Apatow: When my parents divorced, my dad left a book out called Growing-up Divorced. I thought it was his book and that I was a smart kid for reading it, but actually it was some ploy to leave out a book that would help me cope. That’s how much attention they paid to my feelings: a book was left out. The main thing I got out of the book was how much pain they were in and how going through a divorce can lead you to neglect your children’s feelings. I tell my family story through my work – even though we’re not supposed to talk about work – but I slip little details of it in. I pull the meat from the bones of all the pain for everything I do. I don’t know if any of my work has made me feel better, I just felt the need at the time to figure something out by creating a story. But when it’s over I feel exactly the same as when I started – usually worse, because I’ve neglected my feelings for three years while making a movie. My mom died of ovarian cancer, when she was sick I was writing Funny People and I made the movie right after she died and it’s probably only now that I’m beginning to work through it. It’s this gigantic form of denial. I’d love to think I’m doing something that helps me work things through, but I think I need your therapist. [Laughs] One I admire.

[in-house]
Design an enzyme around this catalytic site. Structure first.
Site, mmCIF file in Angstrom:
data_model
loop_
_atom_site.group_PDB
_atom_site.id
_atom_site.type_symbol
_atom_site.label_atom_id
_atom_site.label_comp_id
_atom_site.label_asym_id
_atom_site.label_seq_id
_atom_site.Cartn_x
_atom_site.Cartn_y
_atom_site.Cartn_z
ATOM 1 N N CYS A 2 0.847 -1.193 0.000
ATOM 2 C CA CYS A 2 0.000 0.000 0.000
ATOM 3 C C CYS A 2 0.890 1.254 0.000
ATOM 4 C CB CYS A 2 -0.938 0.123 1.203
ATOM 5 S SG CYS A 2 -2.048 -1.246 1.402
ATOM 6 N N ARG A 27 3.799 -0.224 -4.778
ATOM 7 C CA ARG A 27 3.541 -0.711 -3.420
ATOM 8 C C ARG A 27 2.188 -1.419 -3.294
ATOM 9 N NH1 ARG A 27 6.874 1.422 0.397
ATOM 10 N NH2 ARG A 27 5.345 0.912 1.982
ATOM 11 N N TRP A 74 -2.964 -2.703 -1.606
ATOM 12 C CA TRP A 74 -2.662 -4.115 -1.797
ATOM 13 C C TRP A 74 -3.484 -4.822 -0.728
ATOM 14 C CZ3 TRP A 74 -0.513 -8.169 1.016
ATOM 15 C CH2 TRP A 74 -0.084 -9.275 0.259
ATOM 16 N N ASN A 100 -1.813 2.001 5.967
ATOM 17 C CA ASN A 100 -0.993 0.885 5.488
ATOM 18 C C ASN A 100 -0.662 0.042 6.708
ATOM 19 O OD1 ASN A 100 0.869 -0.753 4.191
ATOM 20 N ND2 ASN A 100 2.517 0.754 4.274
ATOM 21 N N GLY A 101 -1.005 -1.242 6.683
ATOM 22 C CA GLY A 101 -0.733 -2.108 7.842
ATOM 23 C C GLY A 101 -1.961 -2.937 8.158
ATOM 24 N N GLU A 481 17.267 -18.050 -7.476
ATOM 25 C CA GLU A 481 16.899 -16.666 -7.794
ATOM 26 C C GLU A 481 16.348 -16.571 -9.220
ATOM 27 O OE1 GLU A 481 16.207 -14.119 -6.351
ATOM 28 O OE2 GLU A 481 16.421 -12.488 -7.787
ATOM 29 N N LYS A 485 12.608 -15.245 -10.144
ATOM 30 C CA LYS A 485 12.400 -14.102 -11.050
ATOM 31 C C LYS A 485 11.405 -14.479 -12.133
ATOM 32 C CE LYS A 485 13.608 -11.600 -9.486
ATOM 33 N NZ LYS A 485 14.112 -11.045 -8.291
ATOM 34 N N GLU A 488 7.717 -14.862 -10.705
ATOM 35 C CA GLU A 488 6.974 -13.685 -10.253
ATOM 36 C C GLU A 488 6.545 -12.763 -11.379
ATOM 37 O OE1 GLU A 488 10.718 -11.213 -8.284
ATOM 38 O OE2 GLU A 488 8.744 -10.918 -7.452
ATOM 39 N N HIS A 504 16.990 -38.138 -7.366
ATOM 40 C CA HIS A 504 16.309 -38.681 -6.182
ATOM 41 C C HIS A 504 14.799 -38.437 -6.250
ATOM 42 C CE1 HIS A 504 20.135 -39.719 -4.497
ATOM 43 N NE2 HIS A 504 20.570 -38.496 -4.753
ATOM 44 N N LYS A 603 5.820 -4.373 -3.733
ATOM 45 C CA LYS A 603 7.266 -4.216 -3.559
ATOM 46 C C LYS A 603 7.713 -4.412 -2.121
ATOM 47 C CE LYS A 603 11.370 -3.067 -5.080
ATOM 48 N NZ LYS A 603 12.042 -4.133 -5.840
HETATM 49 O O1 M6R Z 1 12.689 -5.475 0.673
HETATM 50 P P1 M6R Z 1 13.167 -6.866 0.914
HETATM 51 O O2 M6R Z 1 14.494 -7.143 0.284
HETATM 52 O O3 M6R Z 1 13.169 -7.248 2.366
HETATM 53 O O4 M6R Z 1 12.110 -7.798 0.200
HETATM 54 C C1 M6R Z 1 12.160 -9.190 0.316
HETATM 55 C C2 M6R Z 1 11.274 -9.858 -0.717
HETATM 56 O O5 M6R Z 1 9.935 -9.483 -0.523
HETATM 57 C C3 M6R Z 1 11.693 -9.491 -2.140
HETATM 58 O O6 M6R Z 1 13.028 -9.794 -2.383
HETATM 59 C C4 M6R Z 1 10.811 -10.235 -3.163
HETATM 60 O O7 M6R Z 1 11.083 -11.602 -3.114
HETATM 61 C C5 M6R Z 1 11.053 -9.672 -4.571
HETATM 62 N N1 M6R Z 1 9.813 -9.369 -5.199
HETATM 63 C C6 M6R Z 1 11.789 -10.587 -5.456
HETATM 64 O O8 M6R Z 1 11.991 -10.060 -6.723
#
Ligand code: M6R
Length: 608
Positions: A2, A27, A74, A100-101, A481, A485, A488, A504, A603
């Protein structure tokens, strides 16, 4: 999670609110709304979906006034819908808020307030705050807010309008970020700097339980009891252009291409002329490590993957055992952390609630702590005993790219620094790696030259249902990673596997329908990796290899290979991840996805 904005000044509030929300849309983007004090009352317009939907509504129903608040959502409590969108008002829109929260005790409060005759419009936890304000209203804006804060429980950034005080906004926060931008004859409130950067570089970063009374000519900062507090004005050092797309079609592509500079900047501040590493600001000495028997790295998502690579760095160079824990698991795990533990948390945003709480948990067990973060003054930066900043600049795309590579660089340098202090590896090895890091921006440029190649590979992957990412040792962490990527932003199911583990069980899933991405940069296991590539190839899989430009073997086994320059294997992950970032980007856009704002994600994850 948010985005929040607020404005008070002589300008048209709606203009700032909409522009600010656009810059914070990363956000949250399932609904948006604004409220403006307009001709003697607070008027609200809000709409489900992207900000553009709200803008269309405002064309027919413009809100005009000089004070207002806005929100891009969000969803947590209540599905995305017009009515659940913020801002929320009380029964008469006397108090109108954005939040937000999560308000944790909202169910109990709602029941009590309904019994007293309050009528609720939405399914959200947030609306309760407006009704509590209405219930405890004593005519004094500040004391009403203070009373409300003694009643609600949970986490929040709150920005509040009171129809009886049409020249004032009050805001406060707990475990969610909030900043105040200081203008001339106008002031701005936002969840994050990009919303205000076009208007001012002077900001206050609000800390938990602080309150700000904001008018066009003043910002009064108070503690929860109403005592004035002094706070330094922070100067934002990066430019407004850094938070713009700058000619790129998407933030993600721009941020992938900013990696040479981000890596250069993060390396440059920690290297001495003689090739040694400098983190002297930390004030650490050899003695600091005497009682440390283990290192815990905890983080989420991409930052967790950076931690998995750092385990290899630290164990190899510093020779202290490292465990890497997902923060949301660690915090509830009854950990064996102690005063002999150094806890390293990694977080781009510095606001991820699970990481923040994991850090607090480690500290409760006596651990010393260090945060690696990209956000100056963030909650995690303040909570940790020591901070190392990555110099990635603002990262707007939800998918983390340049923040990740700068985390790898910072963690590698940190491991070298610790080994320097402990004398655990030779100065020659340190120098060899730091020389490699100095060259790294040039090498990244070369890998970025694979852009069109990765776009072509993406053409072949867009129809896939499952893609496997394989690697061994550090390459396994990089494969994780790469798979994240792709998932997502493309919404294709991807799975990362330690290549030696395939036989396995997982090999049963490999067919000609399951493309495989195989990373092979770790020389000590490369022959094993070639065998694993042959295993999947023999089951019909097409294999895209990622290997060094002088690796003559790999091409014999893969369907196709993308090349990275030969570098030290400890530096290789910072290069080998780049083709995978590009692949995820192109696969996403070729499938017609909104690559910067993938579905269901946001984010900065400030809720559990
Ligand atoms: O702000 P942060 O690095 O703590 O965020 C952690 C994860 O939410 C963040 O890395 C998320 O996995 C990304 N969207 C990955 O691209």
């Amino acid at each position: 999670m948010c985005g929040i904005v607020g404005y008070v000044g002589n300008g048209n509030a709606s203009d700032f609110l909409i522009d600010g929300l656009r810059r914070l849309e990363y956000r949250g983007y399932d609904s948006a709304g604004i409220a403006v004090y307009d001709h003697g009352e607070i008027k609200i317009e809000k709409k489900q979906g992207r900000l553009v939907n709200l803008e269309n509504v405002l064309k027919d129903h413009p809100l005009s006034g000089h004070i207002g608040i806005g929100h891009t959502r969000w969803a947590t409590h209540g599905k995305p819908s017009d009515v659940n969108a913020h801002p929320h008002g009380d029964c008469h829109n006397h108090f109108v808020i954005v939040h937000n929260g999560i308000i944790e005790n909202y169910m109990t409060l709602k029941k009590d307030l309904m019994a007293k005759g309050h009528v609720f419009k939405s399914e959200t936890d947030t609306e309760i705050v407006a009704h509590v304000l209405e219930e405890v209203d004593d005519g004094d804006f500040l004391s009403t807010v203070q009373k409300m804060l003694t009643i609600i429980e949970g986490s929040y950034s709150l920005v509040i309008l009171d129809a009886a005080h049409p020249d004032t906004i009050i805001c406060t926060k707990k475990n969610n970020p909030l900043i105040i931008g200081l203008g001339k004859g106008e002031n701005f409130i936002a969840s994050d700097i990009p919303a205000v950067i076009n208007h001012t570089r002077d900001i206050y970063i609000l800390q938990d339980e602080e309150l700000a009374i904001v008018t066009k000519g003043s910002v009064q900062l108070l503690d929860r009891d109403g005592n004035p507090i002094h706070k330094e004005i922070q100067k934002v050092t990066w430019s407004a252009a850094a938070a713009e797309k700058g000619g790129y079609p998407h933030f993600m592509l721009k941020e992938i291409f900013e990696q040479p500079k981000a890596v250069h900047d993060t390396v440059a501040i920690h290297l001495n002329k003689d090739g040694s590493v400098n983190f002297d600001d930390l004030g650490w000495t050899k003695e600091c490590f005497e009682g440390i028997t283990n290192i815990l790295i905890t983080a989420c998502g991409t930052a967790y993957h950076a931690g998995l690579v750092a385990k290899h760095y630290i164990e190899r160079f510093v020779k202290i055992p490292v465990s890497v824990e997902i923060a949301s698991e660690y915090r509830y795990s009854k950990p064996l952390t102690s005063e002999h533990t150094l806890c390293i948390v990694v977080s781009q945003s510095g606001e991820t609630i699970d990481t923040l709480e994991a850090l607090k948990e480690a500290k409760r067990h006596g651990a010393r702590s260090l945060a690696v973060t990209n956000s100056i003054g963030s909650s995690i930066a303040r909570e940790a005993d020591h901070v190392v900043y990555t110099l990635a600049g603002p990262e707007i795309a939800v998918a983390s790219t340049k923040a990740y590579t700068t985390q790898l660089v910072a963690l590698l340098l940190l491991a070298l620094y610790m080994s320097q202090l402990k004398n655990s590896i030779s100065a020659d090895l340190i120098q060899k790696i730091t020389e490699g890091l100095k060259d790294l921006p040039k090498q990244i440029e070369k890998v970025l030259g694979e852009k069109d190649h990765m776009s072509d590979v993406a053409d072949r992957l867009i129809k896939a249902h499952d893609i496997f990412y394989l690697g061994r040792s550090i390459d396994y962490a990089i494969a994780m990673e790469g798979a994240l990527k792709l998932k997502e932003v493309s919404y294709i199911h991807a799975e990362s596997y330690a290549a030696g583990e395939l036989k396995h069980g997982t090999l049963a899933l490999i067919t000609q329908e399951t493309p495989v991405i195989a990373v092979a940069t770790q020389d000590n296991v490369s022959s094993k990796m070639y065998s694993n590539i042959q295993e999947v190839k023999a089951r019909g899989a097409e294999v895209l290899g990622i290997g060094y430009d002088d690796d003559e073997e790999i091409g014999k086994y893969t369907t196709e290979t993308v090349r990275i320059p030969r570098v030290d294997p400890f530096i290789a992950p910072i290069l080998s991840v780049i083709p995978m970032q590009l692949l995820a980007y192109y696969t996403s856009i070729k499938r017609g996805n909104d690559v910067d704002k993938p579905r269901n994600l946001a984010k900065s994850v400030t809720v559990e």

July: I have noticed recently that no sooner do I feel something new, good or bad, I’m immediately trying to translate it into my work. Like, ‘That’s good, that’s important – that’s not in my book!’ I still do that, but now I try to stop and notice, wow, I really made sure that feeling didn’t have anywhere to just be in me. I just held up an arrow that was like ‘Keep moving, go thatta way! Into my book!’ and just bypassed myself.
Apatow: You get it out, but then you also keep a bulk of it in. Okay, I have to go to lunch with a retiring employee. We are throwing her a party. So I’ll ask you one more question and then shall we do our last three as a bonus round via email?
Apatow: The last one is: Do you have any food issues?